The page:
The Experimental Permafrost Laboratory (EPL) in the Department of Earth & Environment houses a state-of-the-art cold-room environmental chamber capable of recreating the ultra-low humidity and temperature conditions found in the coldest regions of Antarctica. The chamber, an ESPEC Platinous series ESX-3CA, is capable of varying environmental conditions over hourly, seasonal, and annual time scales through touchscreen and remote programming. The chamber runs off a dedicated circuit and utilizes ultra-pure compressed air from an SF-8 Atlas Co. compressor.
Current projects utilizing the facility include experimental analyses of the rates of ice sublimation as a function of superposed salts, sediment, and rocks under various scenarios of atmospheric temperature and relative humidity. Another project seeks to document the role of thermal fatigue, a process which produces micro-fractures along rock surfaces associated with high-frequency temperature oscillations, in mechanical weathering over a variety of time scales and rock types.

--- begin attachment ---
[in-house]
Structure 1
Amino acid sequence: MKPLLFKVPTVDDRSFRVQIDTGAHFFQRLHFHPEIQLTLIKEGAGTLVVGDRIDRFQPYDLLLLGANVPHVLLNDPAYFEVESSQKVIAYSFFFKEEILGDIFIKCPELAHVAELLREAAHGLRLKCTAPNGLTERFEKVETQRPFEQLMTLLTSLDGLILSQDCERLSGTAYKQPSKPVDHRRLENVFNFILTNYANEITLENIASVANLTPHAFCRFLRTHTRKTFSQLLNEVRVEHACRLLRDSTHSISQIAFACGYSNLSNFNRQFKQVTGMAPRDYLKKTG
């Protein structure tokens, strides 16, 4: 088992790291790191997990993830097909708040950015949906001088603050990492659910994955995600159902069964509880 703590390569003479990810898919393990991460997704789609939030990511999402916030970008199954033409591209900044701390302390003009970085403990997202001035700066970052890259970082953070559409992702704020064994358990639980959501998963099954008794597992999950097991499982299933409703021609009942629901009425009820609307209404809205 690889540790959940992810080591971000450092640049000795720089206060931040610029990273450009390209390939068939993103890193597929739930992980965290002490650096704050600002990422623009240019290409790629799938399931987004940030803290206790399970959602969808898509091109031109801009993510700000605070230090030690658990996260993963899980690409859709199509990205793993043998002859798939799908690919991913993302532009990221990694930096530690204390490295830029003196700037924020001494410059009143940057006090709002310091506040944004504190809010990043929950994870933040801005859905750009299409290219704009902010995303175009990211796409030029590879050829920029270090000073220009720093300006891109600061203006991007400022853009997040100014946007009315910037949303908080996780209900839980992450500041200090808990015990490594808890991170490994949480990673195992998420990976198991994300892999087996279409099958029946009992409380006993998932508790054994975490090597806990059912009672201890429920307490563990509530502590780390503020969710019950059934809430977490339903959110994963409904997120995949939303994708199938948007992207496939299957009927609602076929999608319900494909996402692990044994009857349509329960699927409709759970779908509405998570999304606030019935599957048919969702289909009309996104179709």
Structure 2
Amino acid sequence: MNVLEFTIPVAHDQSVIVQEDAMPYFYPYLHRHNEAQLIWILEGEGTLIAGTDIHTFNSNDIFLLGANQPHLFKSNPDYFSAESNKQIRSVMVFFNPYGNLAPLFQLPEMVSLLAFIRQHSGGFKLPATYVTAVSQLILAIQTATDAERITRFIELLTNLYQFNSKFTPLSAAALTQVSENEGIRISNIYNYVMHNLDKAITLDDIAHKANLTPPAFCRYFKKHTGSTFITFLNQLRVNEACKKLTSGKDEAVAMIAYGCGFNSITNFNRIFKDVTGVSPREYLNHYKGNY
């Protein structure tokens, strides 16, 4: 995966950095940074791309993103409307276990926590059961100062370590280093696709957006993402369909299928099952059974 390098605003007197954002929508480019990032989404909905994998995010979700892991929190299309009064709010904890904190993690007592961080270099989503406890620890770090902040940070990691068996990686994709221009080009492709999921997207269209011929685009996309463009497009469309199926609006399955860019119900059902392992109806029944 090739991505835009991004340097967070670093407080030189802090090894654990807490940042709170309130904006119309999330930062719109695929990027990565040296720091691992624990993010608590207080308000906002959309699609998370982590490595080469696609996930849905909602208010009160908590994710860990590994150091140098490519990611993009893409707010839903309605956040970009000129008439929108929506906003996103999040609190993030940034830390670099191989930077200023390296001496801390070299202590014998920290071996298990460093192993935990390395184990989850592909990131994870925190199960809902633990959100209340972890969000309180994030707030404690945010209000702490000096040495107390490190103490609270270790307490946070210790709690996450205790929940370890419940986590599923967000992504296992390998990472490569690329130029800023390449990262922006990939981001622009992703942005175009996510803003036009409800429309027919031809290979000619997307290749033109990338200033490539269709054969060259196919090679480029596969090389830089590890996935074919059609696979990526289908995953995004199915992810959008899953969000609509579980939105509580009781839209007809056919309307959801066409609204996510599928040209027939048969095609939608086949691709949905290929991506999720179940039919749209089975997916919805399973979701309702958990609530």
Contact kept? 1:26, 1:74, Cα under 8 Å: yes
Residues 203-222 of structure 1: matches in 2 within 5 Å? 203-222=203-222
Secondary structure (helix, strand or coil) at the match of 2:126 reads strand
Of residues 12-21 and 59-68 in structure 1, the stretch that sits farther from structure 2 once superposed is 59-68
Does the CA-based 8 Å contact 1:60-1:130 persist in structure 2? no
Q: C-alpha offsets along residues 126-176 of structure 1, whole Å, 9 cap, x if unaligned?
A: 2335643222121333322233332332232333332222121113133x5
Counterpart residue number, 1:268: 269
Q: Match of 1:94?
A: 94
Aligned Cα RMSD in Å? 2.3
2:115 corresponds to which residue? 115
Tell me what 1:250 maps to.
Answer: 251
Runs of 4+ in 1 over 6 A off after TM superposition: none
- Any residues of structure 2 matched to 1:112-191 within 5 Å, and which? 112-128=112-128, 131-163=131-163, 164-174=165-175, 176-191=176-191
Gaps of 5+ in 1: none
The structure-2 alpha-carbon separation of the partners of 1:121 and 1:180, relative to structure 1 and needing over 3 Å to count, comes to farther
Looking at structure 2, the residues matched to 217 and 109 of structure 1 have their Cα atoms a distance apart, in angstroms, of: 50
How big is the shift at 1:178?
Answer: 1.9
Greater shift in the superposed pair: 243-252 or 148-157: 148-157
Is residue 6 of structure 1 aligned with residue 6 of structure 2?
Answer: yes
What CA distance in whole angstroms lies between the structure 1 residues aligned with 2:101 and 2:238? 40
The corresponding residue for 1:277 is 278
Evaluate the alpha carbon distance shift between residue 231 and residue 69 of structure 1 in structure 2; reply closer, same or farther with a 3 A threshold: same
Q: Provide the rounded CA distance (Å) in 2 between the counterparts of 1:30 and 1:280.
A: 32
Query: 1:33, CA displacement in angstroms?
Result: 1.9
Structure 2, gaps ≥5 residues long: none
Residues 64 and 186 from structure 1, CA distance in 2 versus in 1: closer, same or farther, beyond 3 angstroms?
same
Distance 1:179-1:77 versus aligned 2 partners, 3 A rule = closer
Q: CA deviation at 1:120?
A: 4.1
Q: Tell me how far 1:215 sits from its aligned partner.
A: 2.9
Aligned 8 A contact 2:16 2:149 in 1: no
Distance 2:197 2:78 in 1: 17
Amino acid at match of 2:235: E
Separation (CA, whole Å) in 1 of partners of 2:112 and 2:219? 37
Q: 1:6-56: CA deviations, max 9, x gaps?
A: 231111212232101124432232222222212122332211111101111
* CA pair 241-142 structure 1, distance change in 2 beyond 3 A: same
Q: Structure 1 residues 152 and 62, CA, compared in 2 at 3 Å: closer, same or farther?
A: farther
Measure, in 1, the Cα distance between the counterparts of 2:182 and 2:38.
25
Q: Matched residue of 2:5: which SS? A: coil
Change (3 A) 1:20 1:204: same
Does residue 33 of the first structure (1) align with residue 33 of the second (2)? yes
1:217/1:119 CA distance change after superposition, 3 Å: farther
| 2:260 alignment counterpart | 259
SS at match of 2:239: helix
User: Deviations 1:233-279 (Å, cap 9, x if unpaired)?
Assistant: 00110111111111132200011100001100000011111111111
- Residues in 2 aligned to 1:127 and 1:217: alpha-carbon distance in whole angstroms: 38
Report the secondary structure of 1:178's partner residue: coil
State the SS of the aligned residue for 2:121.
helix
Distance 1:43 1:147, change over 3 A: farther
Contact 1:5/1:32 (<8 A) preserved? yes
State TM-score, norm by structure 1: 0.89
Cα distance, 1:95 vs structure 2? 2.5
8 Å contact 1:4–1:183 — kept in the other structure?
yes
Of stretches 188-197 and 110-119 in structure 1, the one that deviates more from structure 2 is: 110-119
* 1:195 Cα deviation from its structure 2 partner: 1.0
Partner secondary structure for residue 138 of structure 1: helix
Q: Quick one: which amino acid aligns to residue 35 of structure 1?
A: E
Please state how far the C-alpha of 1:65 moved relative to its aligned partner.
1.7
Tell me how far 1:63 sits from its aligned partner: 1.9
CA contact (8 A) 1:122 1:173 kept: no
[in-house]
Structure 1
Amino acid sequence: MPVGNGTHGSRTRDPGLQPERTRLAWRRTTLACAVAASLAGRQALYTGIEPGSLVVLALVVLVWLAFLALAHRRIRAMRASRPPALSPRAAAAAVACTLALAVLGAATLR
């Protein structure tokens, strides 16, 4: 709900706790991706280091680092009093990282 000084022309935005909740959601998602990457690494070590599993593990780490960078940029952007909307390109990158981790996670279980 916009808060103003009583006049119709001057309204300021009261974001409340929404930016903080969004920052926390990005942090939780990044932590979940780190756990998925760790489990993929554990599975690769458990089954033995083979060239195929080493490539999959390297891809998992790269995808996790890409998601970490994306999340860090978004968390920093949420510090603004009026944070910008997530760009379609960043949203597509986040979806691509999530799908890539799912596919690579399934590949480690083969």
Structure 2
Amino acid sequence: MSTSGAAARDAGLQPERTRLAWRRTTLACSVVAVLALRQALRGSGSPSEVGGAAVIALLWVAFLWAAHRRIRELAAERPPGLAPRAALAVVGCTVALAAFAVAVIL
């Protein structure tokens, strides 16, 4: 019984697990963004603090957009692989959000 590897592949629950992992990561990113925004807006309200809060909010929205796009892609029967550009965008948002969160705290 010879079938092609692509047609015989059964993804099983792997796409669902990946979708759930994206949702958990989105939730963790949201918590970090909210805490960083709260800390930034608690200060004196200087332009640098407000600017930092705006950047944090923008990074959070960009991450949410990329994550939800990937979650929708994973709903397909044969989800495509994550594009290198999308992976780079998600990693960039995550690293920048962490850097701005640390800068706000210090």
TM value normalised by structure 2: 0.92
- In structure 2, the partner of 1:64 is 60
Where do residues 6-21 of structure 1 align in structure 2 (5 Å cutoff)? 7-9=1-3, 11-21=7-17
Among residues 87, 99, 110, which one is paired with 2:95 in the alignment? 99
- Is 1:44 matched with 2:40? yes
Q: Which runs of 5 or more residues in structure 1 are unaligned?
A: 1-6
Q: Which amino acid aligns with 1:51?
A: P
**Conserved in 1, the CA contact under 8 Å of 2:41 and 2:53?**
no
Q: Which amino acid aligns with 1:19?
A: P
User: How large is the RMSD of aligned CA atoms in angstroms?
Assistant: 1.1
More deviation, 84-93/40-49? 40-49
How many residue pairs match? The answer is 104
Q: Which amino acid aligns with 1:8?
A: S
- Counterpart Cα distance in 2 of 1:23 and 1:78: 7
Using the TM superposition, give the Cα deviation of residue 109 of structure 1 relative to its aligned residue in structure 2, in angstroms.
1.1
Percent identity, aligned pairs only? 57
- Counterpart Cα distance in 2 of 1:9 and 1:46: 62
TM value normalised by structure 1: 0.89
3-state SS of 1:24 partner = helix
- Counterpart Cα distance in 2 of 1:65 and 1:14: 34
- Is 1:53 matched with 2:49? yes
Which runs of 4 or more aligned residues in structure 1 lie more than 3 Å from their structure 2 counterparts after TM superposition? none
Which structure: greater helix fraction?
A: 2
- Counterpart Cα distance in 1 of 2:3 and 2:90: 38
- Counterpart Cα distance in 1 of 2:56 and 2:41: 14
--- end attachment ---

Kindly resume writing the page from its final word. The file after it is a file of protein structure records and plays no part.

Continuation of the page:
Field equipment supporting the objectives of the EPL include a GSSI SIR 3000 Ground Penetrating Radar with 400, 200 and 80-40 (MLF) MHz antenna’s designed to measure the thickness and internal structure of buried-ice deposits in high-latitude regions. In addition, the facility maintains an array of more than 100 data loggers (Onsett Computer Co., HOBO), many of which are currently deployed in Antarctica, with linked sensors to measure solar radiation, atmospheric temperature and RH, atmospheric pressure, soil moisture and soil temperature, rock-surface temperature, and wind speed/direction.
For further information, contact laboratory manager Dr. Joel Sparks.